A will is essentially a legal document that assigns your property and assets to specific people after your death. There are several ways to divide up the assets, and there are specific laws in every state regarding wills, but there are a few things that should be considered no matter what state you happen to be in.
- Signify your legal right to make up a will. This is usually just certifying that you are of sound mind, are over 18, and have not been coerced in way to make the will. A will is less likely to be contested or to be overturned if the person writing it clearly signifies these things.
Designate an executor. The executor of your will will be in charge of carrying it out. Choosing the executor means finding the person that you can trust with such a task. The person you choose should be mature and fair-minded in order to deal with assets and debts legally and fairly. Most people choose a family member, friend or lawyer to be the executor.
Have the correct number of witnesses. In some states, there must be two or more witnesses to the signing of a will in order to make it legally binding. Witness can usually be friends, family, a lawyer, and/or a notary. Usually, however, the witnesses must be people that are not named in the will as beneficiaries. Find out your state's law regarding witnesses and make sure to follow it precisely.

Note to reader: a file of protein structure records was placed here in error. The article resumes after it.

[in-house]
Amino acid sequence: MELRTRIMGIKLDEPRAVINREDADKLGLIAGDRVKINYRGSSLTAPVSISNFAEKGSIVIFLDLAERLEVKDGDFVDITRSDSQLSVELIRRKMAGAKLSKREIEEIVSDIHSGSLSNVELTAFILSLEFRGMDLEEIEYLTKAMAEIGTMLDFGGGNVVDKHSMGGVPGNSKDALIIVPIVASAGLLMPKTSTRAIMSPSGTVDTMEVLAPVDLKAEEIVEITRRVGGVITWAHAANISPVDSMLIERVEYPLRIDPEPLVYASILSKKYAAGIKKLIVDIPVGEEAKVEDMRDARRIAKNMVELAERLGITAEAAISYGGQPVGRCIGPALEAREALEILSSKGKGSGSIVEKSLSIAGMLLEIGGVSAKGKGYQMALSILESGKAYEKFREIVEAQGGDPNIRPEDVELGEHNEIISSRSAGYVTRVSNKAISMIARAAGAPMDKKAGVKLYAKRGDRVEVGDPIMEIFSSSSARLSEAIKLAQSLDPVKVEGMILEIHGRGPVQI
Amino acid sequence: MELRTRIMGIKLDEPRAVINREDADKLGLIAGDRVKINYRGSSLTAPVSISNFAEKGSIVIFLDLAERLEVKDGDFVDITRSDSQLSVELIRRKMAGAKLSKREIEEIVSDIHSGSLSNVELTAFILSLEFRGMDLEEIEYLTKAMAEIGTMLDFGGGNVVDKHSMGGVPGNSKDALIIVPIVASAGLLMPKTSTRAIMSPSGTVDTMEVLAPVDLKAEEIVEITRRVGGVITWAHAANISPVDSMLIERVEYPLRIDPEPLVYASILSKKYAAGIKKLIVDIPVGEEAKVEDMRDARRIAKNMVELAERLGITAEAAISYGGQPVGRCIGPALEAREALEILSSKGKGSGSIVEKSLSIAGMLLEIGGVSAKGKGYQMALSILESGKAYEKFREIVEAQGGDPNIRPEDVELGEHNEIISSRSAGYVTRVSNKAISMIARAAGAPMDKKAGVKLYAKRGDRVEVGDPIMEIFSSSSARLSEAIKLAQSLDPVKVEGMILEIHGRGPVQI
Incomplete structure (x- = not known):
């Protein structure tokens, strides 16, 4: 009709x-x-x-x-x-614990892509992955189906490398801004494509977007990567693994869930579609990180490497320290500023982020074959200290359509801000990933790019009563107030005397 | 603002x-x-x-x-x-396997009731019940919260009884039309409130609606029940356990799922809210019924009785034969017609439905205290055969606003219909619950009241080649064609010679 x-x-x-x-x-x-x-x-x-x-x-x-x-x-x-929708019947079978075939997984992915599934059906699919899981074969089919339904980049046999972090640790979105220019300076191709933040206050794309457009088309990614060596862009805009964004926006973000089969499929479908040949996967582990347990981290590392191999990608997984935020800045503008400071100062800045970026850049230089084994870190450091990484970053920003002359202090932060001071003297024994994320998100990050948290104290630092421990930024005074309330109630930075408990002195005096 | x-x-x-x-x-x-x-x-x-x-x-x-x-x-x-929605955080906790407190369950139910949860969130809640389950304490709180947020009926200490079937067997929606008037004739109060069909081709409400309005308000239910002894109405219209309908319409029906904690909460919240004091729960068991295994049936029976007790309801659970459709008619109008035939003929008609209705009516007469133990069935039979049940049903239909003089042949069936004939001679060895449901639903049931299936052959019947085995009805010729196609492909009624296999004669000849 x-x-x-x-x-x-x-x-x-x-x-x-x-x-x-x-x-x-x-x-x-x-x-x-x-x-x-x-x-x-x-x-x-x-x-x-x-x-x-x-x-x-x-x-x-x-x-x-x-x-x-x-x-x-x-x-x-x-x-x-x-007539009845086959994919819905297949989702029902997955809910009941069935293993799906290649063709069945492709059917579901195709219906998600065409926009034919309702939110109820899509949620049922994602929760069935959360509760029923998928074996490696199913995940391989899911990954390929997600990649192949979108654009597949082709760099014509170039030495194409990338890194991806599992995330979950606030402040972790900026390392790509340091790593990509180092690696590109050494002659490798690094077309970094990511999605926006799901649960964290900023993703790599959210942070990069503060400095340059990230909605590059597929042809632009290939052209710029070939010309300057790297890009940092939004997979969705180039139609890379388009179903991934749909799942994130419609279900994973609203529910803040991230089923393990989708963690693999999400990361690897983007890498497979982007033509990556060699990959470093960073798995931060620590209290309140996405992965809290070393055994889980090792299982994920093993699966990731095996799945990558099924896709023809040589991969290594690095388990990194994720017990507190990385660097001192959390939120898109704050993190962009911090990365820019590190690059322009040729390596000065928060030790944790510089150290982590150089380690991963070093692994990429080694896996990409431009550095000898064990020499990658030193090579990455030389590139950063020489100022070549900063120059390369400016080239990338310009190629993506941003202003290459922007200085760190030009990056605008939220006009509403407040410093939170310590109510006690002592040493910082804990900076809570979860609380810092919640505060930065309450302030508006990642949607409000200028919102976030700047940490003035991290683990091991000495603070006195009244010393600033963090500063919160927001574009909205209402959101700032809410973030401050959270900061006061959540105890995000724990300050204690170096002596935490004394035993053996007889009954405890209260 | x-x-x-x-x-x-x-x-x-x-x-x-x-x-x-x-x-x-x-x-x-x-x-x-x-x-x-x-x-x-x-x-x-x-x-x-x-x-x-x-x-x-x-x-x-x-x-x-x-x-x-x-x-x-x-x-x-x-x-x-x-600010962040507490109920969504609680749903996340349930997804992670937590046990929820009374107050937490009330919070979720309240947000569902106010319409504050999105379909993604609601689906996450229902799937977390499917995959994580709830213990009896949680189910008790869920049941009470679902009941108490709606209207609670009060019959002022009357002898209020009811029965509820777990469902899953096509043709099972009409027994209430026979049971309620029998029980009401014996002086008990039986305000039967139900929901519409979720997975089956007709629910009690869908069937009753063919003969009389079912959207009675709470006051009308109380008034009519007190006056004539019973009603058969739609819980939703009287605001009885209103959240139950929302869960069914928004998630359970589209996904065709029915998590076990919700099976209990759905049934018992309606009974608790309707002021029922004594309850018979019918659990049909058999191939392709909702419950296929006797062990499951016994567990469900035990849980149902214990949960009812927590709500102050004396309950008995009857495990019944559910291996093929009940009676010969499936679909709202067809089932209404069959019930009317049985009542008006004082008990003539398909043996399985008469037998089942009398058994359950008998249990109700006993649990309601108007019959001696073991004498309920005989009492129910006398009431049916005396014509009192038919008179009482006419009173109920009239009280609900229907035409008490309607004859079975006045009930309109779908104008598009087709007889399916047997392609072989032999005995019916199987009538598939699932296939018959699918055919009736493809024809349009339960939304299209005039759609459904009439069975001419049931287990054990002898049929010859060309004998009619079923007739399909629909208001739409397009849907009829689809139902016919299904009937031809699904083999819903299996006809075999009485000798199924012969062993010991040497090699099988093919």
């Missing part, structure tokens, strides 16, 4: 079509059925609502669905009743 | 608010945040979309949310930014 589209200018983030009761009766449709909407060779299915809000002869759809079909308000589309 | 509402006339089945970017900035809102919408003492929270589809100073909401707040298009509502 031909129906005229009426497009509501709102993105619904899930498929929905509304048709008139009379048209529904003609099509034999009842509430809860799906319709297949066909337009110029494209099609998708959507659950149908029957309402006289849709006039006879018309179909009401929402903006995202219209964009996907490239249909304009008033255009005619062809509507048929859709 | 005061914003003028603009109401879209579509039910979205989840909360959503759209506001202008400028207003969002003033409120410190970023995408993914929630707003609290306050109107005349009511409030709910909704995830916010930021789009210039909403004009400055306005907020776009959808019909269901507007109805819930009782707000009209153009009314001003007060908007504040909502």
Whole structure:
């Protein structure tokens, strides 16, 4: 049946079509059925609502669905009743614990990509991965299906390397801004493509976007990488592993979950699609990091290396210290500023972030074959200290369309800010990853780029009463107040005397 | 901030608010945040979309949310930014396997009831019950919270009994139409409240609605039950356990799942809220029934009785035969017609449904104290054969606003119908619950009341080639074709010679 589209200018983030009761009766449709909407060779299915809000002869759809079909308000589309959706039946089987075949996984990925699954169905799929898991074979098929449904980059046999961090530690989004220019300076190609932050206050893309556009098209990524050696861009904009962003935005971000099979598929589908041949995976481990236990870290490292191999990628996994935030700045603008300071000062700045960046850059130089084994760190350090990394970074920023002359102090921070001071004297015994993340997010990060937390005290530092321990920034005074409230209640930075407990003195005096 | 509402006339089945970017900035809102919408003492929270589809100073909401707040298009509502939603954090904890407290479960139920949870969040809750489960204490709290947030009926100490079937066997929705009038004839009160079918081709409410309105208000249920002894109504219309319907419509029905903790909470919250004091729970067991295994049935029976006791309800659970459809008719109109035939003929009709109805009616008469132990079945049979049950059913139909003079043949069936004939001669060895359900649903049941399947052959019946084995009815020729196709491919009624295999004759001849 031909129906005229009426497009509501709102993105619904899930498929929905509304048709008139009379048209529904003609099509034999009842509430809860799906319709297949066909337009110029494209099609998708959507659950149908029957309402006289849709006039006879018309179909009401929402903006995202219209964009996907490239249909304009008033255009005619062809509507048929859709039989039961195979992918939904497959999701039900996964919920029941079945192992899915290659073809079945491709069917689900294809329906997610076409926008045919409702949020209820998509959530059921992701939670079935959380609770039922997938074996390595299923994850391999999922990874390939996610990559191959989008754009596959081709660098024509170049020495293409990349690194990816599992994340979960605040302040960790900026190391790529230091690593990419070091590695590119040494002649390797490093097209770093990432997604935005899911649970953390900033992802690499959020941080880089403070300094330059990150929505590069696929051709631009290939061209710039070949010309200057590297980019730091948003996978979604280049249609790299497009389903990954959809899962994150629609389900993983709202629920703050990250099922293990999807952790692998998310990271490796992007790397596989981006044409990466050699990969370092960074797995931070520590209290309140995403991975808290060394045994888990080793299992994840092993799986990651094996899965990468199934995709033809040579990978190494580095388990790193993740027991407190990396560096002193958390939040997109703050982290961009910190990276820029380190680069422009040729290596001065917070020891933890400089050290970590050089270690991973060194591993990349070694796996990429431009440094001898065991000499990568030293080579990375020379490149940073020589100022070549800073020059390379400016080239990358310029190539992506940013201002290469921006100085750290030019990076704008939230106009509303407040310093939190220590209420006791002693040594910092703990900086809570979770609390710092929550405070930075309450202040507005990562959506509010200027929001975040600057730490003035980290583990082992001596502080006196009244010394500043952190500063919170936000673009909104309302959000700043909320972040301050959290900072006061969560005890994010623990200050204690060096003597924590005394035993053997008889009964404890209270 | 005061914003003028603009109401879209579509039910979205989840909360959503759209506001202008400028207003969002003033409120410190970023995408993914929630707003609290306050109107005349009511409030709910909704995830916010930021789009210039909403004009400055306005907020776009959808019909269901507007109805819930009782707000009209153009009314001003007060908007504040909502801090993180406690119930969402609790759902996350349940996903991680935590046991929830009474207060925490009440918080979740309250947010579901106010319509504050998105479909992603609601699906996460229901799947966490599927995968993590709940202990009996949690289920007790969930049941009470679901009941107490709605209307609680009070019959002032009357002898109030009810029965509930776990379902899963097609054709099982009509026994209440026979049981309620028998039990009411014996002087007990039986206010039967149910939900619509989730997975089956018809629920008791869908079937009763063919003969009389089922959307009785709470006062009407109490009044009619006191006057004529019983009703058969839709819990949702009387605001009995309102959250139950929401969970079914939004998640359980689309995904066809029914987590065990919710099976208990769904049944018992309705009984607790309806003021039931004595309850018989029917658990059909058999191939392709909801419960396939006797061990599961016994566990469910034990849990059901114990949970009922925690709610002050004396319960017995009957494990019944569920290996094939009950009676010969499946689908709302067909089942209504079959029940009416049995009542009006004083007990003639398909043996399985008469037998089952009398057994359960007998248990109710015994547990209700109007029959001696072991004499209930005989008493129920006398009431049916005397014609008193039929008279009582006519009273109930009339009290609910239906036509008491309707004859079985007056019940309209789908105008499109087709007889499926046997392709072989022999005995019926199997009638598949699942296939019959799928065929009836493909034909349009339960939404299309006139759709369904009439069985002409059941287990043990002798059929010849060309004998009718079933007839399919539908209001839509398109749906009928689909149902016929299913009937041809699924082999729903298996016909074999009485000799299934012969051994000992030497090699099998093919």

List all of your assets. Once a comprehensive list is made, it may be easier for you to decide which items will go to whom. The beneficiary of each asset should be clearly spelled out, leaving no doubt as to which item and which person you are indicating. Some people decide to form a trust at this point, in order to guard against estate taxes. To form a trust, you will need to consult a lawyer.
Provide for minor children. An important part of any will for a person with minor children is to designate a guardian for them. Designating a guardian may also entail designating money to the guardian to be used in raising the children. A residence may also be provided by the will for this purpose. Some wills also include trusts for the children, to be used when each child reaches legal adulthood.
Sign the will. With witnesses in place, sign the will on each page. If you have multiply copies of the will, which is recommended, sign each and every copy on every page. The witnesses will also be required to sign at the same time.
Make the will's location known. Family and/or friends should be told where to find the will in the event of your death. One copy might be kept in the home and another in a bank safe deposit box. If a lawyer was used to craft the will, the lawyer may keep a copy on file as well.
Keep the will up to date. If there are changes in your life such as the birth of a child, or the death of a beneficiary, the will may need to be amended to reflect the change. If you move to another state, the will may have to be changed to conform to that state's requirements.
In order to write a will, you can print out forms available online. You can also buy forms in a so-called "will kit" from several different sources, or your lawyer can provide the proper forms. There are some states in which a simple, handwritten will is just as legally binding as the available forms. Know your state's specific laws before begin your will.